KN: I learned about it from a meditation teacher in my last year of doing my PhD at the University of California, Berkeley. I was under a lot of stress, so I went to a meditation course to deal with it. Surprisingly, the teacher talked a lot about the importance of being compassionate to yourself, just like we’re compassionate to others. It’s really something I hadn’t considered before and, when I started trying to be more kind and compassionate to myself, it made a huge, immediate difference. So it developed from my own personal experience and the research is a way of investigating and providing empirical support for my own experience, which is that it really works.

Psychologies: What is the biggest difference it’s made in your life?

KN: It’s changed everything. Self-compassion is amazing. It can hold any negative emotion. So, if you think of the whole panoply of negative emotions – there’s shame, there’s feeling inadequate, there’s making mistakes, there’s screwing up, there’s failure – and these are just the personal ones.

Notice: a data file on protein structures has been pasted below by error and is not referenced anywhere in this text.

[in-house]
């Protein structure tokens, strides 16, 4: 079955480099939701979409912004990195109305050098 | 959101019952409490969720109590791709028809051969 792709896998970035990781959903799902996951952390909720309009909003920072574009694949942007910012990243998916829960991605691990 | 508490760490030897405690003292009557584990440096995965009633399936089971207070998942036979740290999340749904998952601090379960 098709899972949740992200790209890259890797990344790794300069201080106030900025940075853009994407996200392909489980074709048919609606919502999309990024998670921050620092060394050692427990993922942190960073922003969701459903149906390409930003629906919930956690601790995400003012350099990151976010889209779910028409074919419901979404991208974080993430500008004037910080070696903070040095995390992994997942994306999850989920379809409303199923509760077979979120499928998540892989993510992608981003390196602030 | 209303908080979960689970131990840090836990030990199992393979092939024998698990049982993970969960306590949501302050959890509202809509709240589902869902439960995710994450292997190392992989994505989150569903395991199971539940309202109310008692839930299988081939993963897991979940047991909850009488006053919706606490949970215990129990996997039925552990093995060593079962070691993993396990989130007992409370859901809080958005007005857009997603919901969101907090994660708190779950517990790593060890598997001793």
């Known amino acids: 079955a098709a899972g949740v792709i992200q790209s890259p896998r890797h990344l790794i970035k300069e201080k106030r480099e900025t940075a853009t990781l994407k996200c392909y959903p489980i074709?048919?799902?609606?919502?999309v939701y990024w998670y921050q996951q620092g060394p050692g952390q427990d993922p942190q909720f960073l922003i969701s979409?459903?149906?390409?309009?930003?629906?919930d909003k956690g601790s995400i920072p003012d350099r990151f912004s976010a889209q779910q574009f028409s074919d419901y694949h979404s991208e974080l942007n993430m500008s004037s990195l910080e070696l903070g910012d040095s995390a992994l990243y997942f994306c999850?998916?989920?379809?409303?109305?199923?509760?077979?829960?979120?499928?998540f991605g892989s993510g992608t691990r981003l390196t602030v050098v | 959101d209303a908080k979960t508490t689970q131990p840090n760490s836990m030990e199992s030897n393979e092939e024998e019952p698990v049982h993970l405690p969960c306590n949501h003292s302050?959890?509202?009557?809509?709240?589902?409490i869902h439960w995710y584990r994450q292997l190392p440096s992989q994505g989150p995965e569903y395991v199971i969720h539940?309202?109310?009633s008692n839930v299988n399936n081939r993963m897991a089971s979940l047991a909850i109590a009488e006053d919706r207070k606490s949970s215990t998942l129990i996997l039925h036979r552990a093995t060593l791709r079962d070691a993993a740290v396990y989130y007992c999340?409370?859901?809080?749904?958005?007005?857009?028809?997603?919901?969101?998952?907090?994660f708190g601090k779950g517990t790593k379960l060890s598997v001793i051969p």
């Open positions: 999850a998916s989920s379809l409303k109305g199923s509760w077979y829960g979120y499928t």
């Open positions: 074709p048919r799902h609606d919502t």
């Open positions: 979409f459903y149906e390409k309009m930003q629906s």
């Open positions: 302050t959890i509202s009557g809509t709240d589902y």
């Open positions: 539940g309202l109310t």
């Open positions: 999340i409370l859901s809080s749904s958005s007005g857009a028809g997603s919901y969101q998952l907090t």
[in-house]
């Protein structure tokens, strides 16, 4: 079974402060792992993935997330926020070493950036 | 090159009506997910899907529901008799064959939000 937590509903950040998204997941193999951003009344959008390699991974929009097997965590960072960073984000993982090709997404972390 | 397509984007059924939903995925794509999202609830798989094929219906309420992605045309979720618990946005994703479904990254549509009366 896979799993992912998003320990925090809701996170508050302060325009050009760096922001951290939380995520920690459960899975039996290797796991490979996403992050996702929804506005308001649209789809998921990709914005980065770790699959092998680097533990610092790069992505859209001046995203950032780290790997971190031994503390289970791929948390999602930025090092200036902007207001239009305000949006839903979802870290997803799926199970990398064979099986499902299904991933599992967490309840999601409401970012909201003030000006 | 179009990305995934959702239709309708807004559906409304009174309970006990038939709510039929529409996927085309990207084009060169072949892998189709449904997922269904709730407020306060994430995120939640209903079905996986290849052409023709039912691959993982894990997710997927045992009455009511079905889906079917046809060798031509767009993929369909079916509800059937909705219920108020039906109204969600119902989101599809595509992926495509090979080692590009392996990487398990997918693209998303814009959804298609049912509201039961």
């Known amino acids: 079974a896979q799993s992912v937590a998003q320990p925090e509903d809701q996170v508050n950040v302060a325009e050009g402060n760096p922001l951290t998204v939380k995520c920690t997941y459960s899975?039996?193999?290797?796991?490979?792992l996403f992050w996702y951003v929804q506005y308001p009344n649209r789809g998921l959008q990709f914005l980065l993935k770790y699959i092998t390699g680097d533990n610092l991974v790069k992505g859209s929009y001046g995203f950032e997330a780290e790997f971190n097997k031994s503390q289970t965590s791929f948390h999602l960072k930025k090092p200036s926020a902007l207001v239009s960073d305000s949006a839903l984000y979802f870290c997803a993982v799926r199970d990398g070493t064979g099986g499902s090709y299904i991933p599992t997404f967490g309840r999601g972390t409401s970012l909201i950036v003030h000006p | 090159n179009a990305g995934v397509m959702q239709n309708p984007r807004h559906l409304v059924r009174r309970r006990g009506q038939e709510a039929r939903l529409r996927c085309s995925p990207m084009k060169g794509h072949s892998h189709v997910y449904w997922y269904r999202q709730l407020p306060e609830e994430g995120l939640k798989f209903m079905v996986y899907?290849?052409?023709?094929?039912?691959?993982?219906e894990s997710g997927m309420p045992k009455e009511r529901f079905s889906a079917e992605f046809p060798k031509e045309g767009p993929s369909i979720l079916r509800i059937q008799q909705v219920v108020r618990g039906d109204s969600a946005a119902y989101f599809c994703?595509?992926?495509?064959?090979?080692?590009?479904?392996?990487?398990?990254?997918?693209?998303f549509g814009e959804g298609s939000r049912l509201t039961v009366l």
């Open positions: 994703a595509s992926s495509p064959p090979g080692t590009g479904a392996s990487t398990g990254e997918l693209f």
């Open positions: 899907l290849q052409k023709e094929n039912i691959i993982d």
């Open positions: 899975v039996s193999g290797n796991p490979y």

When my son was diagnosed with autism, I saw the amazing power it had to help me. It can help with just about any challenge life throws your way – health issues; divorce. Self-compassion gives you the ability to hold life’s challenges in a sense of support and care and tenderness and connectedness, and I think that’s really why it can make such an amazing difference in people’s lives. It’s a resource that most people don’t even begin to tap into.

Psychologies: How would I recognise that I’m being compassionate to myself?

KN: You can tell by the presence of ‘being kind’; and remembering that this is part of the human experience – to be imperfect; and by being mindful. You can also recognise it by the absence of these. So, people who are highly self-critical, who tend to feel like ‘it’s just me, everyone else is living this perfect life and it’s just me who’s failed or who is struggling’; or people who get really fused to, or what I call over-identified with, their negative emotions and get lost in the storylines – they are lacking in self-compassion. That’s a way to measure where people are, by the presence of the positive components and the absence of the negative ones.

Psychologies: I find it hard to be kind to myself. I’ll say the right things but I might not always believe what I’m saying… How important is it to really believe, and feel, it; and how can I do that?